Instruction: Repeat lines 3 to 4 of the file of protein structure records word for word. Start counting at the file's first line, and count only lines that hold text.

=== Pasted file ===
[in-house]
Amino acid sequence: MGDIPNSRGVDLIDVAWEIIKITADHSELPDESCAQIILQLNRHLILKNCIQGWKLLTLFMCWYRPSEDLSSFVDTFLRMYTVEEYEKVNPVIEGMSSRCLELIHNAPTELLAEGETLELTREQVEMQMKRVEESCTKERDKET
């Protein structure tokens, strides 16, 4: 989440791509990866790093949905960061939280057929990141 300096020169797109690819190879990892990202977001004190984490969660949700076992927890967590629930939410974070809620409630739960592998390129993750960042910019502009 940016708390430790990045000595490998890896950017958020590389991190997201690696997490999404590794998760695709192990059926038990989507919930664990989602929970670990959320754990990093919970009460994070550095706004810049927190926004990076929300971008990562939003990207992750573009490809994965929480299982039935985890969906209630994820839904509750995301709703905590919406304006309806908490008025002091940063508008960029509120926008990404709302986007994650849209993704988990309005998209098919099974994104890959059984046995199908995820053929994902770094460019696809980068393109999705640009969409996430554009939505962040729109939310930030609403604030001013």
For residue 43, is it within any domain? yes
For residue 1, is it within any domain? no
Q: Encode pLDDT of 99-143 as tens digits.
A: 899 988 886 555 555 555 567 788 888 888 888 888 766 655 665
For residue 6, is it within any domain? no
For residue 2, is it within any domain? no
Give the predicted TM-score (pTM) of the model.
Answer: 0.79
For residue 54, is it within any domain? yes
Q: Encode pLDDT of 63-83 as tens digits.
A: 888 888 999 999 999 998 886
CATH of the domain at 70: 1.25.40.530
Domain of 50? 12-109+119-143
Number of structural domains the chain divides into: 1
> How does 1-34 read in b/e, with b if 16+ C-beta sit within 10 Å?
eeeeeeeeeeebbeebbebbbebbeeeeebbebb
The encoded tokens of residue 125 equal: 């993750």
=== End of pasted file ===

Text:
């Protein structure tokens, strides 16, 4: 989440791509990866790093949905960061939280057929990141 300096020169797109690819190879990892990202977001004190984490969660949700076992927890967590629930939410974070809620409630739960592998390129993750960042910019502009 940016708390430790990045000595490998890896950017958020590389991190997201690696997490999404590794998760695709192990059926038990989507919930664990989602929970670990959320754990990093919970009460994070550095706004810049927190926004990076929300971008990562939003990207992750573009490809994965929480299982039935985890969906209630994820839904509750995301709703905590919406304006309806908490008025002091940063508008960029509120926008990404709302986007994650849209993704988990309005998209098919099974994104890959059984046995199908995820053929994902770094460019696809980068393109999705640009969409996430554009939505962040729109939310930030609403604030001013």
For residue 43, is it within any domain? yes